Interoperability was the theme of the Sony conference, such as the new additions to the Bravia LCD TV lineup.
Sony is a company that many of us in the industry - journalists and consumers alike - love to hate. The indisputable arrogance flaunted in 2006 as the PS3 was in its final development put a lot of us off, but that was only part of it. Rootkits, proprietary standards and the ever-marching beat of corporate fluffy spam in an effort to hide dismal sales reports and stagnant market share certainly made up another good portion.
That, and everyone loves to laugh at a falling giant.
Well, at the press event to start off CES, the proud goliath did what nobody expected - out walked Stan Glasgow, COO of Sony Electronics America, and with a clear voice he addressed the communication problems that the company has had with its consumers. He acknowledged that in 2006, their approach alienated a lot of people - and he apologized.
No corporate backpedaling, no fluff. Allow us to paraphrase below.
"Our approach wasn't good. It failed and alienated many of you. We're sorry for that, and we spent most of 2007 taking a new approach - listening. We hope our 2008 product line shows that, but we aren't going to stop, either. If we didn't get it right, keep telling us. And if we did, tell us how we can make it even better.
Product launches for Sony this year are largely updates to the Sony Bravia line of TVs, the Walkman line of music phones, and the cameras - including the Sony Alpha dSLR.
There was also a very interesting announcement about the Sony Milo, which is targeted at the mobile market in much the same way as the popular Asus Eee PC. We'll get back to you with more details on this when we stop at the Sony booth on Tuesday, but the basic idea includes Intel processors and a lineup of screens 3.5" and up.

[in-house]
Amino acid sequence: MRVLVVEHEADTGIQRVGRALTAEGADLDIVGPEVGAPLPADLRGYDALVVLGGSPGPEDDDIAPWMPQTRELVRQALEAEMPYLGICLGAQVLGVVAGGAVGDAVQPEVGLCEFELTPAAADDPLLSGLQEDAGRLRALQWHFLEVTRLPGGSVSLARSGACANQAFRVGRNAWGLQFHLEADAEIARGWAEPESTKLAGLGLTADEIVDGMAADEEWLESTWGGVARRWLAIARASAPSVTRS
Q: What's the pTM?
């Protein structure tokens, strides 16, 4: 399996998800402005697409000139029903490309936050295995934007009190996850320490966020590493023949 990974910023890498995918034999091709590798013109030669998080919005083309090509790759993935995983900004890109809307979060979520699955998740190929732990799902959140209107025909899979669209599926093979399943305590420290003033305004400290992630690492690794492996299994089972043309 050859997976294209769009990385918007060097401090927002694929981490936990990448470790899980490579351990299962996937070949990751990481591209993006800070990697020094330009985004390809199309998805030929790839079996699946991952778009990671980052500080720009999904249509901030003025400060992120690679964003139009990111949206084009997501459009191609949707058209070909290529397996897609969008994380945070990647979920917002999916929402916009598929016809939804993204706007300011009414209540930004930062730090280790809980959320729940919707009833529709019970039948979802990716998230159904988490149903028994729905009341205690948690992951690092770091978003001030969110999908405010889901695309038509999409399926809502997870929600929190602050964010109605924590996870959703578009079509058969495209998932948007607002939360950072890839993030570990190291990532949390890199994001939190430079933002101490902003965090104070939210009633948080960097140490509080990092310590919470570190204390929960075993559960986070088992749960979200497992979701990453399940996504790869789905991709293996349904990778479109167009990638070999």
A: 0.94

Overall, the releases were largely standard upgrades, but well-thought out across the line. Bravia updates include a new modularity feature to cut down on the requirement for separate devices connecting to the TV. The current options will include modules for more HDMI ports and a built-in DVD player (but not Blu-ray, at least as mentioned in the press conference. Also brought out are new control features, where the TV can control other devices via the HDMI link.
But one thing is for sure - nothing is quite so interesting as the apology and the promise to make a better 2008. With talk of dumping DRM
, an effort for wireless communication and a product line that clearly shows the company is seeing its previous faults and no longer resting on his laurels, it seems that this time Sony just might not be spinning this one.
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